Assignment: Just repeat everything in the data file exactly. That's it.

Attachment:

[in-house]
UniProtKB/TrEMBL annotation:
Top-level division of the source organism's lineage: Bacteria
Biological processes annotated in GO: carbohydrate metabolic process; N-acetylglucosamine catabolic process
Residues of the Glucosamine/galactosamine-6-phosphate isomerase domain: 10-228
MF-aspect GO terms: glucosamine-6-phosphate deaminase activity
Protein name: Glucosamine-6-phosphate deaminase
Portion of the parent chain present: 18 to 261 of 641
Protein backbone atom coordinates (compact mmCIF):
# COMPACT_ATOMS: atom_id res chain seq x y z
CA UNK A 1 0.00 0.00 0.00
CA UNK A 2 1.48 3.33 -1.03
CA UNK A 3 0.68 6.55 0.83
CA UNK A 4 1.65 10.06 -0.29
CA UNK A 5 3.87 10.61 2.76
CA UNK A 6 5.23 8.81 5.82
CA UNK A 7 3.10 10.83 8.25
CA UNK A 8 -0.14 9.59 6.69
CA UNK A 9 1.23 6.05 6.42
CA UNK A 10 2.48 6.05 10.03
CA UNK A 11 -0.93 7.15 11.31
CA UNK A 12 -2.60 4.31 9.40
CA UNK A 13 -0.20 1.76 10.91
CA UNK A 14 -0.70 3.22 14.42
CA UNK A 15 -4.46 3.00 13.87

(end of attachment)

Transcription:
[in-house]
UniProtKB/TrEMBL annotation:
Top-level division of the source organism's lineage: Bacteria
Biological processes annotated in GO: carbohydrate metabolic process; N-acetylglucosamine catabolic process
Residues of the Glucosamine/galactosamine-6-phosphate isomerase domain: 10-228
MF-aspect GO terms: glucosamine-6-phosphate deaminase activity
Protein name: Glucosamine-6-phosphate deaminase
Portion of the parent chain present: 18 to 261 of 641
Protein backbone atom coordinates (compact mmCIF):
# COMPACT_ATOMS: atom_id res chain seq x y z
CA UNK A 1 0.00 0.00 0.00
CA UNK A 2 1.48 3.33 -1.03
CA UNK A 3 0.68 6.55 0.83
CA UNK A 4 1.65 10.06 -0.29
CA UNK A 5 3.87 10.61 2.76
CA UNK A 6 5.23 8.81 5.82
CA UNK A 7 3.10 10.83 8.25
CA UNK A 8 -0.14 9.59 6.69
CA UNK A 9 1.23 6.05 6.42
CA UNK A 10 2.48 6.05 10.03
CA UNK A 11 -0.93 7.15 11.31
CA UNK A 12 -2.60 4.31 9.40
CA UNK A 13 -0.20 1.76 10.91
CA UNK A 14 -0.70 3.22 14.42
CA UNK A 15 -4.46 3.00 13.87